Story: Brian Michael Bendis
Art: Ivan Reis, Brandon Peterson
Colors: Alex Sinclair
Letterer: Josh Reed
What They Say:
The secrets of the house of El are revealed as the Unity Saga continues! Traveling through space, young Jon Kent has faced everything the universe could throw at him, but after an accident sends him and his grandfather Jor-El across dimensions, the new Superboy comes face to face with a terrifyingly evil version of his own father: Ultraman and his horrible version of the Justice League, the Crime Syndicate! Find out what happened to Superman’s father and how Jon made it back home from this strange and crime-ridden alternate world.
Content: (please note that content portions of a review may contain spoilers):
Digging into Jon’s journey has certainly been fun even if I wish we had a few years of it in its own storyline. Catching up on my backlog a bit more has us getting Jon falling through to a different universe and that’s the kind of stuff that, while far more common today than it used to be, is one of the reasons I’ve enjoyed comics for so long. Bendis works with just a couple of characters here and while it’s still more verbose than it needs to be it works better than the team books I’m reading of his as the flow and pacing is a lot smoother. It’s also a book that continues to look strong thanks to what Reis and Peterson bring to it, especially in getting to play with the Crime Syndicate designs a bit and showing off some fun bad guys.
The time in the present is shorter than the last issue where we saw Clark burning off some excess energy and more of Lois’ concerns. That’s still here but it’s kept to a few panels in order to let Jon tell his story for more of the book, which is part of the problem. Jon ending up in this other dimension has him instantly being sought after by the Crime Syndicate but we see how Ultraman essentially swooped in and hid him away so that he can have him all to himself. Jon has no idea how long he was really in this dimension but it plays well as Ultraman has placed him within an active volcano and takes advantage of the fact that Jon has almost no powers here thanks tot he lack of a sun. There’s always been a crazy about this version of Clark but Bendis gives it a more manic approach in how he deals with Jon, going on constantly with stories that shift with each telling and so forth.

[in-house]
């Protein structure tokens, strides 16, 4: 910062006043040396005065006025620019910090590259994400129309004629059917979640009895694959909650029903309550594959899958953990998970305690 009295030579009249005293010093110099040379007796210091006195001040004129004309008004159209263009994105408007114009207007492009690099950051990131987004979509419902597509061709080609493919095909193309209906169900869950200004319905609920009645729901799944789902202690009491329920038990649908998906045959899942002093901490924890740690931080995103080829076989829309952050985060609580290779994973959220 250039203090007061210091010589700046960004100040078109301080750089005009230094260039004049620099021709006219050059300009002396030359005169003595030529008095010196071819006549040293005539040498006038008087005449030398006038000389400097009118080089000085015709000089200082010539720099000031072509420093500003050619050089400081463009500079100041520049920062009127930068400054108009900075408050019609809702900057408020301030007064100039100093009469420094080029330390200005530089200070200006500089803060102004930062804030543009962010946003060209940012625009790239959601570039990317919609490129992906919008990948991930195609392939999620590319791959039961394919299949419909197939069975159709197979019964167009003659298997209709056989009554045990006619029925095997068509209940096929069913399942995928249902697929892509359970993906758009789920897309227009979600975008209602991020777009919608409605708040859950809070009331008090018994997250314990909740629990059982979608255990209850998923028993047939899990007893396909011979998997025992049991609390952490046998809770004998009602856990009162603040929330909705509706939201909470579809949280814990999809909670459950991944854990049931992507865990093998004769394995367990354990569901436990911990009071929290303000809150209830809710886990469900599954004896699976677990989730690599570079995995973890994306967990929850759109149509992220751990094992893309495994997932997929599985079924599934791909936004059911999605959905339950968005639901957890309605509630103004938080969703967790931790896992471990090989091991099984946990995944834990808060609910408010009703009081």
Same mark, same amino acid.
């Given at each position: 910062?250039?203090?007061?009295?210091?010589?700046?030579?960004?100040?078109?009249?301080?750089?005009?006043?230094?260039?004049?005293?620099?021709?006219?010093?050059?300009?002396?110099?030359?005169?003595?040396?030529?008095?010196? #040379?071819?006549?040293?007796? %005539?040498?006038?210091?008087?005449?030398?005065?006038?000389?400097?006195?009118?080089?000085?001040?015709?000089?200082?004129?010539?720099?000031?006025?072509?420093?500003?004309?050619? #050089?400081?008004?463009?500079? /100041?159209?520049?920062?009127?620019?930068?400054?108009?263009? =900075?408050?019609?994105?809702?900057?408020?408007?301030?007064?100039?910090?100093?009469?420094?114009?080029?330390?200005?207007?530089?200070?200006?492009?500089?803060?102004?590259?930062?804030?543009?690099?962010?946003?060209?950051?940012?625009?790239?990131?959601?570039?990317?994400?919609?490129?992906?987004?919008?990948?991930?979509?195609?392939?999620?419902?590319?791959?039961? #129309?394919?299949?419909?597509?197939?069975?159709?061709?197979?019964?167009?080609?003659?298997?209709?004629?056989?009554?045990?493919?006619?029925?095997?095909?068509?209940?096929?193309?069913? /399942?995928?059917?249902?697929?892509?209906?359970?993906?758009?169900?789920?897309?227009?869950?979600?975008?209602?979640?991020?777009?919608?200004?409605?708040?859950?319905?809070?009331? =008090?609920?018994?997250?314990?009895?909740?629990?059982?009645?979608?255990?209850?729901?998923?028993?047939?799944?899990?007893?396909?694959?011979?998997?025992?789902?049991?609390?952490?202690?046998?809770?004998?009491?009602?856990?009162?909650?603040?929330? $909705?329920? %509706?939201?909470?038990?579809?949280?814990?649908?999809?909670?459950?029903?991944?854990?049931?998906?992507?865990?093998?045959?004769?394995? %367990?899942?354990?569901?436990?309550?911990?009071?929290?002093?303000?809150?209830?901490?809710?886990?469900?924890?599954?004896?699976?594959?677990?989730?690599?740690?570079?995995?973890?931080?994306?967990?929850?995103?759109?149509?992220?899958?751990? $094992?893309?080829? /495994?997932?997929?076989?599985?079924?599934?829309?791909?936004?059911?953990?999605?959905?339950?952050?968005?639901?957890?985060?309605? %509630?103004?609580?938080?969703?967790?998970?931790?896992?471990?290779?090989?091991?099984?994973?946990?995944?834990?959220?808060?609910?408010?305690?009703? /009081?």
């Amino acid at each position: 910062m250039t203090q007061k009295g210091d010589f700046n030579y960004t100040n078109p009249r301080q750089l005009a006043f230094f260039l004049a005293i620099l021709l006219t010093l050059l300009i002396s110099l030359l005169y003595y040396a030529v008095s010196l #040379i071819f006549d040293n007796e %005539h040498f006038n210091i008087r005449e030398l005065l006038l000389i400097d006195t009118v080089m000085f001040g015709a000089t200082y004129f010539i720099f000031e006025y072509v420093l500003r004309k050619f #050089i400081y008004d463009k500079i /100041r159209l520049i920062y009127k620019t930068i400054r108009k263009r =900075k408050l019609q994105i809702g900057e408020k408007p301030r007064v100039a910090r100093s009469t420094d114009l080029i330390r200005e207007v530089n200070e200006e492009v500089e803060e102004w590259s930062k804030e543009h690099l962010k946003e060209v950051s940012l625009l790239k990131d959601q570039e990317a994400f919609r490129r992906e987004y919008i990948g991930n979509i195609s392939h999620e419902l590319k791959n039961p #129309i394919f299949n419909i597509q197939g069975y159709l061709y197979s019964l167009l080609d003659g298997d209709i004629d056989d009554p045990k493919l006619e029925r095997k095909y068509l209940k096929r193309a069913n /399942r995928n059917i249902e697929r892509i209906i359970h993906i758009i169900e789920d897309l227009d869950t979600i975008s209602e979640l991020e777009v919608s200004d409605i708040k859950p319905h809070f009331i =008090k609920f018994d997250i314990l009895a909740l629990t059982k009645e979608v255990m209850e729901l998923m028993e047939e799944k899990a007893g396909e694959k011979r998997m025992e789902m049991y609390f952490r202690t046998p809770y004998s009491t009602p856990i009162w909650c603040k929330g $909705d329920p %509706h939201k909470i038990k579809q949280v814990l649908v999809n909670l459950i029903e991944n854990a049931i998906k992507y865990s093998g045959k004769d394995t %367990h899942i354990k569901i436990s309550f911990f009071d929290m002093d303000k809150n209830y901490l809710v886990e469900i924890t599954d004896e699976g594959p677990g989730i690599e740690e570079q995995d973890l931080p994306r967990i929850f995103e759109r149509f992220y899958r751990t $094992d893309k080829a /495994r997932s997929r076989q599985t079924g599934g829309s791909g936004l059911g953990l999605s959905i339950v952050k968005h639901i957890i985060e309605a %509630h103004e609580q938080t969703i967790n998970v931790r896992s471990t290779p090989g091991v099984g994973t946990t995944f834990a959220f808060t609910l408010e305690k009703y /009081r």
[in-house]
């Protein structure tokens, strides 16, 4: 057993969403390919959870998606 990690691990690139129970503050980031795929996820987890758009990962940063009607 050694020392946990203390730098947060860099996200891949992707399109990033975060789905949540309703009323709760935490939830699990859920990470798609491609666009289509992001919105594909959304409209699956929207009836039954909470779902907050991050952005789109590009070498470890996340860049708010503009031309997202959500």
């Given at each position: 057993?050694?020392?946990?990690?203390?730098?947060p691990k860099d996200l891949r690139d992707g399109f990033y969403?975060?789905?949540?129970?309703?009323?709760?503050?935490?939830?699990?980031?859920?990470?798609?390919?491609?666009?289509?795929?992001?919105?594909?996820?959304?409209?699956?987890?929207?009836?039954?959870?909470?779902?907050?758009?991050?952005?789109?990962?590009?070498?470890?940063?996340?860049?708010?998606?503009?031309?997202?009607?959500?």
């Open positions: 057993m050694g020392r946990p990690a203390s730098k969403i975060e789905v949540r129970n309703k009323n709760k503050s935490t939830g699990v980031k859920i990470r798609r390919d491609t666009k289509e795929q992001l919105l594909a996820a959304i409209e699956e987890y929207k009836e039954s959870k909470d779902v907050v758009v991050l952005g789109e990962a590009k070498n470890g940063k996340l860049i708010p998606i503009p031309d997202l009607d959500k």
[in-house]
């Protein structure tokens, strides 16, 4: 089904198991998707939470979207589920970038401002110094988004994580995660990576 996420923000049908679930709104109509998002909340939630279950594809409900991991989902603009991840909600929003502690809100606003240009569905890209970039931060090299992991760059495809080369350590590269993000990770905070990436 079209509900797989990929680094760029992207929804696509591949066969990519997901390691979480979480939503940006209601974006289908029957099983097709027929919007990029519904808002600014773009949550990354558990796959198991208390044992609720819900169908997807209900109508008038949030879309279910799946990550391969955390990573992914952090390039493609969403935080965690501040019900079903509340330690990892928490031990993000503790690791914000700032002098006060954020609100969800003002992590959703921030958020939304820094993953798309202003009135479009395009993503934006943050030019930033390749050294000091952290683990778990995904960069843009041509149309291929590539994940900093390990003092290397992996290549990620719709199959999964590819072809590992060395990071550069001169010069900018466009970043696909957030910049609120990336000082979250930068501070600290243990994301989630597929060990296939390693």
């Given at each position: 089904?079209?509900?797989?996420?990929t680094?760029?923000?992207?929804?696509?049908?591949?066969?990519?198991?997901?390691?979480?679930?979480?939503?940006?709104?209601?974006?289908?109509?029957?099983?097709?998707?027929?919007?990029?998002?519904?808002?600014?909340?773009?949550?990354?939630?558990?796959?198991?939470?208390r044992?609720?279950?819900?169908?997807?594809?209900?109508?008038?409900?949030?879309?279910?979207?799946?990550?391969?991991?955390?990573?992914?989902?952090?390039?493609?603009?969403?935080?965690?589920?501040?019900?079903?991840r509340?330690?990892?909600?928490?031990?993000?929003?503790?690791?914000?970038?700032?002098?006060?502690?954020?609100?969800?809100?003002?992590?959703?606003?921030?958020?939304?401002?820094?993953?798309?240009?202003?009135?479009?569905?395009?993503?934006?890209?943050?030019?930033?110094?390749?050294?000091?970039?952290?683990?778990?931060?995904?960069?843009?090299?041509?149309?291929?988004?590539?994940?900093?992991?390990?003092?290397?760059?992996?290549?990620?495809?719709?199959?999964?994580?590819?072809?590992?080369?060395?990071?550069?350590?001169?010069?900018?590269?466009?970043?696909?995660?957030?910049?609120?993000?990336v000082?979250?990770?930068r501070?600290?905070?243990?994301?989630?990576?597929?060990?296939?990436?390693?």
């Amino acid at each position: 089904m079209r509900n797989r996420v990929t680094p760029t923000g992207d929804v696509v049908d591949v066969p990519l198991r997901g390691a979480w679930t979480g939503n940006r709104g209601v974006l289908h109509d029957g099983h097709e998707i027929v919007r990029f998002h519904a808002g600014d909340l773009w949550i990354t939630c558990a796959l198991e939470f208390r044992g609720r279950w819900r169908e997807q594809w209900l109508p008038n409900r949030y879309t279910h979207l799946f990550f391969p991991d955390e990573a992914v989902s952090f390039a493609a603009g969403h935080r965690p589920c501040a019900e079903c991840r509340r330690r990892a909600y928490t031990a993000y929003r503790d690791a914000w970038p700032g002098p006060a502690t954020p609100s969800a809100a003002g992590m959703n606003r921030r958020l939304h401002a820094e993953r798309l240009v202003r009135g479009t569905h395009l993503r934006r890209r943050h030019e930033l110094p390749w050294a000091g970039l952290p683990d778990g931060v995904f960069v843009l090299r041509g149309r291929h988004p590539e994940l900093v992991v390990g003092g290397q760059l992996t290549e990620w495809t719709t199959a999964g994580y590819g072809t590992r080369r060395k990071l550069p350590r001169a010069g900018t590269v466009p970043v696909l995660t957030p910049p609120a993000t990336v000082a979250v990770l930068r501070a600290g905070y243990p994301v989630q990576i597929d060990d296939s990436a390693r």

For Jon, he’s coping with the surreal aspect of seeing his father before him like this even though he knows it’s not him. Ultraman doesn’t enact any violence on him as it doesn’t do much to make him feel better but he does like knowing he controls the fate of the son of one of his most hated enemies. Jon also makes it clear he’s a bit ashamed it took him as long as he did to start figuring a way out of this himself as he ended up figuring his grandpa wasn’t alive to look for him at this point, but it’s a good sequence to see how he began to devise a plan and started to move forward, escaping from this prison and looking to infiltrate the Crime Syndicate to find information on how they ended up on his Earth all those years ago. Seein the world through Jon’s eyes is pretty fun to watch and there’s a good oppressive feeling to everything we get here.
Though Superman himself is a small part of the book we do get a good look at the Crime Syndicate version of him and there’s definitely a lot of psychological issues at play there that Jon’s exposed to. It’s a pretty solid issue in showing part of Jon’s journey on that alternate Earth and all that it entailed with some good seriousness and creativity on his part. Bendis works the overall concept well and I’m looking forward to seeing what the next part is like as I’ve always enjoyed the Crime Syndicate. Reis and Peterson continue to delight me with how the book looks as we get Clark but not quite through Ultraman and the differences in expressiveness covers a lot of important ground in doing this.
Age Rating: 13+
Released By: DC Comics via DC Universe
Release Date: March 13th, 2019